Published Research & Working Papers on Voluntary Turnover
Sung, W., Woehler, M., Fagan, J., Floyd, T., Grosser, T., & Labianca, G. (2017). Employees’ Responses to an Organizational Mergers: Intraindividual Change in Organizational Identification, Attachment, and Turnover. Journal of Applied Psychology, 102(6), 910-934.
The authors used pre-post merger data from 599 employees experiencing a major corporate merger to compare 3 conceptual models based on the logic of social identity theory (SIT) and exchange theory to explain employees’ merger responses. At issue is how perceived change in employees’ own jobs and roles (i.e., personal valence) and perceived change in their organization’s status and merger appropriateness (i.e., organizational valence) affect their changing organizational identification, attachment attitudes, and voluntary turnover. The first model suggests that organizational identification and organizational attachment develop independently and have distinct antecedents. The second model posits that organizational identification mediates the relationships between change in organizational and personal valence and change in attachment and turnover. The third model posits that change in personal valence moderates the relationship between changes in organizational valence and in organizational identification and attachment. Using latent difference score (LDS) modeling in an SEM framework and survival analysis, the results suggest an emergent fourth model that integrates the first and second models: Although change in organizational identification during the merger mediates the relationship between change in personal status and organizational valence and change in attachment, there is a direct and unmediated relationship between change in personal valence and attachment. This integrated model has implications for M&A theory and practice.
Woehler, M., Shaw, N., Floyd, T., Marineau, J., Sung, W., Grosser, T., Fagan. J., & Labianca, G. (2021). Turnover during a corporate merger: How workplace network adaptation influences staying. Journal of Applied Psychology, 106(12), 1939–1949.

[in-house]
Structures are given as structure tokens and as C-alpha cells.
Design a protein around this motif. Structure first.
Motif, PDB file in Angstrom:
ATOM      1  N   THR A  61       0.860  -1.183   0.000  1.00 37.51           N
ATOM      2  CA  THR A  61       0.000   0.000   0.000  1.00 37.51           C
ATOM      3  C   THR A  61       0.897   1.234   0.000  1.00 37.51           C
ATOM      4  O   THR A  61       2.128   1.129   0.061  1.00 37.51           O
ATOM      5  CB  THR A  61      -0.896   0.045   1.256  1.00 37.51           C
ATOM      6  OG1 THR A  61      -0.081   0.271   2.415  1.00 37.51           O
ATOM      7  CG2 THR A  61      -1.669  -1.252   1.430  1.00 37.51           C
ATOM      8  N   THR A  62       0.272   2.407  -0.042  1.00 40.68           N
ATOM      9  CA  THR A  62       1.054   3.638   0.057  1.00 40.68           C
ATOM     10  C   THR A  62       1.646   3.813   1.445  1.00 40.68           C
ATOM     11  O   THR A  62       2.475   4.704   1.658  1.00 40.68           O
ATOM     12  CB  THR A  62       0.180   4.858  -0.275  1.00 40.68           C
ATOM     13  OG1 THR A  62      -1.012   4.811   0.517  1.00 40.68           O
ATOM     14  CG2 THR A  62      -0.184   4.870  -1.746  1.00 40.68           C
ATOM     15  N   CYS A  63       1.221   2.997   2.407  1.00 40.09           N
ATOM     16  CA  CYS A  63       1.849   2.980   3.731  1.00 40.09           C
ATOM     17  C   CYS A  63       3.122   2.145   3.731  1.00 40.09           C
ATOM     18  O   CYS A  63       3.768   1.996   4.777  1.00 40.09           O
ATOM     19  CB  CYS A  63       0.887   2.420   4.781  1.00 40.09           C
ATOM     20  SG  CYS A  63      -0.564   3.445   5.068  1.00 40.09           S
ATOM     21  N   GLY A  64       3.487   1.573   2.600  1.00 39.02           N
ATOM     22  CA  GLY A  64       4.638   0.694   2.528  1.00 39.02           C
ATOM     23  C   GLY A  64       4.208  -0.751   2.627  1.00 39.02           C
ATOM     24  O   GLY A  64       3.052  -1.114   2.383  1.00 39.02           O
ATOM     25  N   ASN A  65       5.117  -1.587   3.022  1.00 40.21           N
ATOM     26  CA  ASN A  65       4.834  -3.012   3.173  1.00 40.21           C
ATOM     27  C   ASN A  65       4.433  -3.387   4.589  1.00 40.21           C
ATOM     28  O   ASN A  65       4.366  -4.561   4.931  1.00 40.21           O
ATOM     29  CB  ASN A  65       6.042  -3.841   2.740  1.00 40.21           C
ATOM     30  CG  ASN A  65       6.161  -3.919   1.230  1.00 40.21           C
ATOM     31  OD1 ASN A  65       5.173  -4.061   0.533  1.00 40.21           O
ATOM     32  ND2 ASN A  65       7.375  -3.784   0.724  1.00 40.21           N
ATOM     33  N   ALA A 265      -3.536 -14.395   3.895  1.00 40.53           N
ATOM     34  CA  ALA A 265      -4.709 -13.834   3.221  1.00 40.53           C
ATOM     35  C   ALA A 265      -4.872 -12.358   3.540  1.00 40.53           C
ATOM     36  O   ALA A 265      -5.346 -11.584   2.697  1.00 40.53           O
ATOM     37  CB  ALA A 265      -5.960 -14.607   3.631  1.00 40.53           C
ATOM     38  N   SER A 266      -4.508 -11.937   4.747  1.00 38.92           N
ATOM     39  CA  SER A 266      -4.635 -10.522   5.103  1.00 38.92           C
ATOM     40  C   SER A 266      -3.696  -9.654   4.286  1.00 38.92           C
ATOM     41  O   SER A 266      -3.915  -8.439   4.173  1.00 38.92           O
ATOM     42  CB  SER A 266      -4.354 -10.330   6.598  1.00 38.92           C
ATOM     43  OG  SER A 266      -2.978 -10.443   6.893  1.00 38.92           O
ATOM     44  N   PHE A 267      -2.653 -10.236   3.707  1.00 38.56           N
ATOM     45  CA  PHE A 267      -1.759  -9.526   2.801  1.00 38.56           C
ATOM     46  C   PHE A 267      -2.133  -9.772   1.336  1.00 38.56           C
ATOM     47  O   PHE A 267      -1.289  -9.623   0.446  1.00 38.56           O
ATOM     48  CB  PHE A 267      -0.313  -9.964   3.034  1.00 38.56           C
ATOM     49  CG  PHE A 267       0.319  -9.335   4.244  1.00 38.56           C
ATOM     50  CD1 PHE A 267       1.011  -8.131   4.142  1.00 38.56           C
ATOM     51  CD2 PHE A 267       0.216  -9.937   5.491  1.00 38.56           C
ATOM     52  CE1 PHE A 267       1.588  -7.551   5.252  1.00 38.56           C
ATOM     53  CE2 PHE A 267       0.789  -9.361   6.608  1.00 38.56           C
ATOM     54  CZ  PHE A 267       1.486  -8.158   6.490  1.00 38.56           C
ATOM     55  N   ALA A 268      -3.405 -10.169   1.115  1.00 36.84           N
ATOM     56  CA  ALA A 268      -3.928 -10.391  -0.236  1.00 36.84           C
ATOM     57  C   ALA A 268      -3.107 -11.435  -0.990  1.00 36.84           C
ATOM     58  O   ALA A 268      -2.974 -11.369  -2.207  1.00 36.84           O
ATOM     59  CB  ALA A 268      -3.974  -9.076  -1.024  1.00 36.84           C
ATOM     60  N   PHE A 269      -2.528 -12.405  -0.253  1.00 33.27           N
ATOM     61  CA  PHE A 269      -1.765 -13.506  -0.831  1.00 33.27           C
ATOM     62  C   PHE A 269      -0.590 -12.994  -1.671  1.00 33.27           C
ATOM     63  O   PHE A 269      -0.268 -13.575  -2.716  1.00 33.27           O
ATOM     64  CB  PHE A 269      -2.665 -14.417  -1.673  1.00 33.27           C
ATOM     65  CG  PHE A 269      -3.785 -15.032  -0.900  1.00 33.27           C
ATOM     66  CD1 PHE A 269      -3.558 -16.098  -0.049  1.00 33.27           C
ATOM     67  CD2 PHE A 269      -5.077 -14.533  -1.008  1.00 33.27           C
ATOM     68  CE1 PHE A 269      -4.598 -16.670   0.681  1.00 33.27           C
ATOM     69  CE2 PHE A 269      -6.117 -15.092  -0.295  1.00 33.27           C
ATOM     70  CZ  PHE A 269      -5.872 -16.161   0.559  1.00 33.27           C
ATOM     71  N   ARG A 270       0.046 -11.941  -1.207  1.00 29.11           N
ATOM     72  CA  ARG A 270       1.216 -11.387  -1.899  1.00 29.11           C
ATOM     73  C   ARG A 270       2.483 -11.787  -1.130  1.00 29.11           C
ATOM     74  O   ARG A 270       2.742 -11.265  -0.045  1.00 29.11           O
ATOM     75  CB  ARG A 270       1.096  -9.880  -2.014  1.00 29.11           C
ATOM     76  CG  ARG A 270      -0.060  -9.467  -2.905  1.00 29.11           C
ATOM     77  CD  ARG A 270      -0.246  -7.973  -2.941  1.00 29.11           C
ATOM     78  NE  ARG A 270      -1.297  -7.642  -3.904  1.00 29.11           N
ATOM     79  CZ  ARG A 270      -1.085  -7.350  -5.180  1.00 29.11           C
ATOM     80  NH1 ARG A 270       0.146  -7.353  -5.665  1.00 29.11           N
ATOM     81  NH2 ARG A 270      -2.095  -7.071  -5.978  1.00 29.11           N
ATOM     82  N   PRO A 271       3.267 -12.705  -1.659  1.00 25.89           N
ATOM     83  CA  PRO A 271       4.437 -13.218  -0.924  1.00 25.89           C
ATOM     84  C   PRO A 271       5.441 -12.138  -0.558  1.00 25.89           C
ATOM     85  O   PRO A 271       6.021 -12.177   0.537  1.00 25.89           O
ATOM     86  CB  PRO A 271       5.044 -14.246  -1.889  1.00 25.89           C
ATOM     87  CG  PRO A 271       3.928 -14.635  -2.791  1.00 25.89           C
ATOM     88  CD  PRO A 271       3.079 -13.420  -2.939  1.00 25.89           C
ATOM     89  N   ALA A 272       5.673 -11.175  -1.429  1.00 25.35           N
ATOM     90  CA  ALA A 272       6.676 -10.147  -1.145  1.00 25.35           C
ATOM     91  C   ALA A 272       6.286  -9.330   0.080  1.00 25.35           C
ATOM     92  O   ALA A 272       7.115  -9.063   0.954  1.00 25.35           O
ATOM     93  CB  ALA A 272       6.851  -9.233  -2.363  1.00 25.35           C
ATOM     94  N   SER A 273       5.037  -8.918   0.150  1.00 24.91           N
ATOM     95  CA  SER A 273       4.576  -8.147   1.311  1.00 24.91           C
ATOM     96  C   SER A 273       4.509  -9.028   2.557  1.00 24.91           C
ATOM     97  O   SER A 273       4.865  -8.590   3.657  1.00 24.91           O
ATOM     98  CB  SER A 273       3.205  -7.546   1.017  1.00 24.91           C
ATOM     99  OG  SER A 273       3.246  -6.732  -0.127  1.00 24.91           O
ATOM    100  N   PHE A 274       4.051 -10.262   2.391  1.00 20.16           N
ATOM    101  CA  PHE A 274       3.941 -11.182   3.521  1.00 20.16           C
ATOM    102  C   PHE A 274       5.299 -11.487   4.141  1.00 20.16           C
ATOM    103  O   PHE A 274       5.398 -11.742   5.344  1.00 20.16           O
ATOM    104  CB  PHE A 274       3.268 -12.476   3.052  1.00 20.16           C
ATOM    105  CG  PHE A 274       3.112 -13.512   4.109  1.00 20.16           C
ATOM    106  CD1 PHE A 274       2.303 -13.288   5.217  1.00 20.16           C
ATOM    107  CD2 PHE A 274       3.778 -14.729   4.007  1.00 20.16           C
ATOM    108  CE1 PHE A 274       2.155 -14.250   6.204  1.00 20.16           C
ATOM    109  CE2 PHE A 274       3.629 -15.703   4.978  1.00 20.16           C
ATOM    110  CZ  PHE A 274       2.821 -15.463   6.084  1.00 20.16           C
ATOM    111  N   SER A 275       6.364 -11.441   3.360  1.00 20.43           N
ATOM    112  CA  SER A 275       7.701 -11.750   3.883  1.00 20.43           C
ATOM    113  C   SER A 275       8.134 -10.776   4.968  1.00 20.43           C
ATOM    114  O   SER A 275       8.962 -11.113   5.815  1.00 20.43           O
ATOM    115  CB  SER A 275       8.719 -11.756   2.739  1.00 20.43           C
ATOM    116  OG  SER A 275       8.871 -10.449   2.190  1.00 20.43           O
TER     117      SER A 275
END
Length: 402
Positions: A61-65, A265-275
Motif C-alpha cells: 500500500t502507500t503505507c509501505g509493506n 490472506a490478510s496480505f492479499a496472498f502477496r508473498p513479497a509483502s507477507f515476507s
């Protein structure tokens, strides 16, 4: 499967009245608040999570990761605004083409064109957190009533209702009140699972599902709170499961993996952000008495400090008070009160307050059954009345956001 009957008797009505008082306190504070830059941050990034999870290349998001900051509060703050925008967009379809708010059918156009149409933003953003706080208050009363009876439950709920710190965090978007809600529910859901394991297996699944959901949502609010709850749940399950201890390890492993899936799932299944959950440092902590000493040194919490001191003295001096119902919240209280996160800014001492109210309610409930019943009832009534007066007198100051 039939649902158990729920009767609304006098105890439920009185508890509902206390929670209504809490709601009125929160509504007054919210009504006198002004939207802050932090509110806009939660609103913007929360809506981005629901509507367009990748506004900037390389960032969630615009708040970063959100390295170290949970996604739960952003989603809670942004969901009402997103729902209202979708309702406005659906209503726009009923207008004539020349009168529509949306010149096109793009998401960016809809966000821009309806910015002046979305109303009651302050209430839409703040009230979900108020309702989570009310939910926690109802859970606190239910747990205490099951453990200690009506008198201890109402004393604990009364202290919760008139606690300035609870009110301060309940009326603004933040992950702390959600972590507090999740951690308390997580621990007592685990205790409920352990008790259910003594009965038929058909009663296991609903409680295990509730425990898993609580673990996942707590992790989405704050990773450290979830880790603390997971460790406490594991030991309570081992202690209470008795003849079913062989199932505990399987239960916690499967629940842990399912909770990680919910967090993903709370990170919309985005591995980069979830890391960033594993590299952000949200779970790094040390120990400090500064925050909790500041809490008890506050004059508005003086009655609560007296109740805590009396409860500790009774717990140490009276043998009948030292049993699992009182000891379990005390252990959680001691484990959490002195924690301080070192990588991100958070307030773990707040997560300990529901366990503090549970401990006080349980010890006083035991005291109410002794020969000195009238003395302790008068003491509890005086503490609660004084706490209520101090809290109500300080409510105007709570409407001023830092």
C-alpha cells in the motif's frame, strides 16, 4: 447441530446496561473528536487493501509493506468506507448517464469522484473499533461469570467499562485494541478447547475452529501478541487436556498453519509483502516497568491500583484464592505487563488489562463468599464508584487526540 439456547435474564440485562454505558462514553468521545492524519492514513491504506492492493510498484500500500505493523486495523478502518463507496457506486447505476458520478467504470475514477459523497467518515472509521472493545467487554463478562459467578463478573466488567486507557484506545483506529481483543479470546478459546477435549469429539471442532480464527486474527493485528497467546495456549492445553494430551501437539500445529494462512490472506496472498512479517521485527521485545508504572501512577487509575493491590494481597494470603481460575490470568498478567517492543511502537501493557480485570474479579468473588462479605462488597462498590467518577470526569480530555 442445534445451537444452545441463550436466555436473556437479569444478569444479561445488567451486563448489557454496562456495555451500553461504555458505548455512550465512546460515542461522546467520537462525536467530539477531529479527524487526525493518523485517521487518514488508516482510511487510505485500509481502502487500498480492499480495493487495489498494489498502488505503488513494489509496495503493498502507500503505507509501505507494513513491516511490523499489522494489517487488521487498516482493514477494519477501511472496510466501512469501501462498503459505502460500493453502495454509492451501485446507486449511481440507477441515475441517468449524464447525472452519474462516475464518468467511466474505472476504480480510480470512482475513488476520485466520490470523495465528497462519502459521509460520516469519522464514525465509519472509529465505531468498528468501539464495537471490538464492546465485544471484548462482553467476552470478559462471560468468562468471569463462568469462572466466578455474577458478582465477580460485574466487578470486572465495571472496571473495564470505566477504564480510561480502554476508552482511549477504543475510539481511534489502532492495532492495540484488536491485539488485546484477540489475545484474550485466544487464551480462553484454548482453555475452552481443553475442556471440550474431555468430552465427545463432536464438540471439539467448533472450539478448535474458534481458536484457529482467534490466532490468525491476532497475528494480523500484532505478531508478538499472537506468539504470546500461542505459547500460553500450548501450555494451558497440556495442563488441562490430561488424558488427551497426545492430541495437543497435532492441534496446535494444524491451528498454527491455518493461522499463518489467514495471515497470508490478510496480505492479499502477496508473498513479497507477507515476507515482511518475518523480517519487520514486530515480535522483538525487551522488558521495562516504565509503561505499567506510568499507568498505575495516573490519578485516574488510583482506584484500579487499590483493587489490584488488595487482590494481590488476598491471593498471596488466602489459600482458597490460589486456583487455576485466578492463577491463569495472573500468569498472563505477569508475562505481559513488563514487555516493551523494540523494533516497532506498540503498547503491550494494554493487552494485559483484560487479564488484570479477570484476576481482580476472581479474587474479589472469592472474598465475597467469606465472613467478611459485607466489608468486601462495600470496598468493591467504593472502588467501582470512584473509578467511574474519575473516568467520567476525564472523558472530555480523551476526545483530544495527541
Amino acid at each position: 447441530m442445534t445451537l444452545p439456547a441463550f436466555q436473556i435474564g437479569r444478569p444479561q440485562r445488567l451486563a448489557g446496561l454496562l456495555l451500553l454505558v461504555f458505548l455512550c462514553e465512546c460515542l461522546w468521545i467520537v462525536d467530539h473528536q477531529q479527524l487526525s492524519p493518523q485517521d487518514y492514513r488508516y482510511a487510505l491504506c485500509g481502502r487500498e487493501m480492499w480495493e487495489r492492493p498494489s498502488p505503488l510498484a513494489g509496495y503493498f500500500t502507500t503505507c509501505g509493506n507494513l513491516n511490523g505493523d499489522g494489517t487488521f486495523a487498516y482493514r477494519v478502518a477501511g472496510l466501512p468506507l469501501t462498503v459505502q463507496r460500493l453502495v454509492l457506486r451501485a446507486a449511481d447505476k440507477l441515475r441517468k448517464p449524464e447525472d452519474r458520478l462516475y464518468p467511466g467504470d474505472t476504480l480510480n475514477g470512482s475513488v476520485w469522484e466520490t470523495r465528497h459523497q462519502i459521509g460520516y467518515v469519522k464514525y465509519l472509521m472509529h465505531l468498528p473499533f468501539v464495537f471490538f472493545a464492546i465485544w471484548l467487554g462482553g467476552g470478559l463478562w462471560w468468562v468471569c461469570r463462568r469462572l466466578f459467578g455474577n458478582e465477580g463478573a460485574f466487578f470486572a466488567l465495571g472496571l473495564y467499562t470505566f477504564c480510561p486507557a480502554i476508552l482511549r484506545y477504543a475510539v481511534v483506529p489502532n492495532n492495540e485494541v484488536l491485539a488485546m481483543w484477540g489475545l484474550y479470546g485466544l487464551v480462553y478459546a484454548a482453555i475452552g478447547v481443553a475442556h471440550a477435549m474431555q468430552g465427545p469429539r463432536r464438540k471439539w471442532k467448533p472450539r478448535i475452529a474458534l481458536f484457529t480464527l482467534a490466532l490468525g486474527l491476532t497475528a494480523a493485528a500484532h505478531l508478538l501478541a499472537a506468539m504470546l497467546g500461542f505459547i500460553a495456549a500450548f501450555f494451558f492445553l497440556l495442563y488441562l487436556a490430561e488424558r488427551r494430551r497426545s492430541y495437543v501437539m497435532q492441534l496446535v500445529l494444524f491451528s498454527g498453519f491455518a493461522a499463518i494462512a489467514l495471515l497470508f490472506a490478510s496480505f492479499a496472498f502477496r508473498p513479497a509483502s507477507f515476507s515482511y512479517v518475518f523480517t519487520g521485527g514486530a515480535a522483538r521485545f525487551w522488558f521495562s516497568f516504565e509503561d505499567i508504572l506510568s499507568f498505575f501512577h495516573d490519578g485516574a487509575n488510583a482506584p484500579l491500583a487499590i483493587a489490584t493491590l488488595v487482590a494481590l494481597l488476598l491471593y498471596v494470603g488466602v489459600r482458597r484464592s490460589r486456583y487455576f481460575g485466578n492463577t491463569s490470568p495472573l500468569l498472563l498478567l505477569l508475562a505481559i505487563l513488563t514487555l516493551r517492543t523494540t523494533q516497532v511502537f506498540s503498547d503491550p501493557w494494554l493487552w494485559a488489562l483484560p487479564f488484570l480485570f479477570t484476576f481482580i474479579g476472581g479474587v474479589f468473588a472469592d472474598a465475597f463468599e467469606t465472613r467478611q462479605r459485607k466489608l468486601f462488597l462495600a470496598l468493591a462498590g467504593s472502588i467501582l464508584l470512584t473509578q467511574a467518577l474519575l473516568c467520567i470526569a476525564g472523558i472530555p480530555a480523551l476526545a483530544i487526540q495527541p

The upheaval created by a merger can precipitate voluntary employee turnover, causing merging organizations to lose valuable knowledge-based resources and competencies precisely when they are needed most to achieve the merger’s integration goals. While prior research has shown that employees’ connections to coworkers reduces their likelihood of leaving, we know little about how personal social networks should change to increase the likelihood of staying through the disruptive post-merger integration period. In a pre-post study of social network change, we investigate over fifteen million email communications between employees within two large merging consumer goods firms over two years. We use insights from network activation theory to posit and find that employees with high formal power (rank) and high informal status (indegree centrality) react to the merger’s general uncertainty and threat by developing new social connections in a manner indicative of a network widening response: reaching out and connecting with those in the counterpart legacy organization. We also investigate whether increased personally-felt threat in the form of merger-related job insecurity strengthens these relationships, finding it does in the case of high formal power. We also find that employees increasing their cross-legacy social connections is key in reducing those employees’ turnover after a merger. Our study suggests that network activation theory can be extended to explain network changes and not simply network cognition.
Park, T.-Y & Woehler, M. Individual level pay structure effects: Employee responses to pay grades and ranges. (Revising completed manuscript; Target: Administrative Science Quarterly)
Authors share equal authorship
How employees respond to mergers and acquisitions in terms of their attitudes and behaviors is critical to a merging organization’s ability to achieve the goals of the merger (). In most mergers, each legacy organization’s compensation system needs to be integrated, resulting in changes in employees’ pay, bonus opportunities, and their position within the pay structure. However, research has provided little understanding regarding how employees react to these changes. This research begins to provide these vital insights, examining how changes in employees’ pay (i.e., salary and bonus opportunities) as well as their position within the pay structure (i.e., their organizational level and position in their pay range) impact their attitudes and behaviors. In particular, we investigate employees’ attitudes towards the merger itself (merger commitment) and towards their merging organization (organizational commitment and job satisfaction). We also examine how these attitudes (and attitudinal changes) predict employees’ behavior in terms of performance and turnover. Taking an ILM perspective (Doeringer & Piore, 1971), we theorize that the effects of employees’ position within the pay structure – their position within their pay range, as well as their pay grade level – on their performance and turnover are curvilinear and are mediated by uncertainty, and in turn, job security and affective commitment. A natural experiment field study in which an organization fully disclosed its pay structure, as well as an experimental study in which employees’ position within the pay structure was manipulated provide evidence of these curvilinear relationships. Implications for scholarly and practitioner conversations regarding whether to employ pay structures and engage in pay transparency are discussed.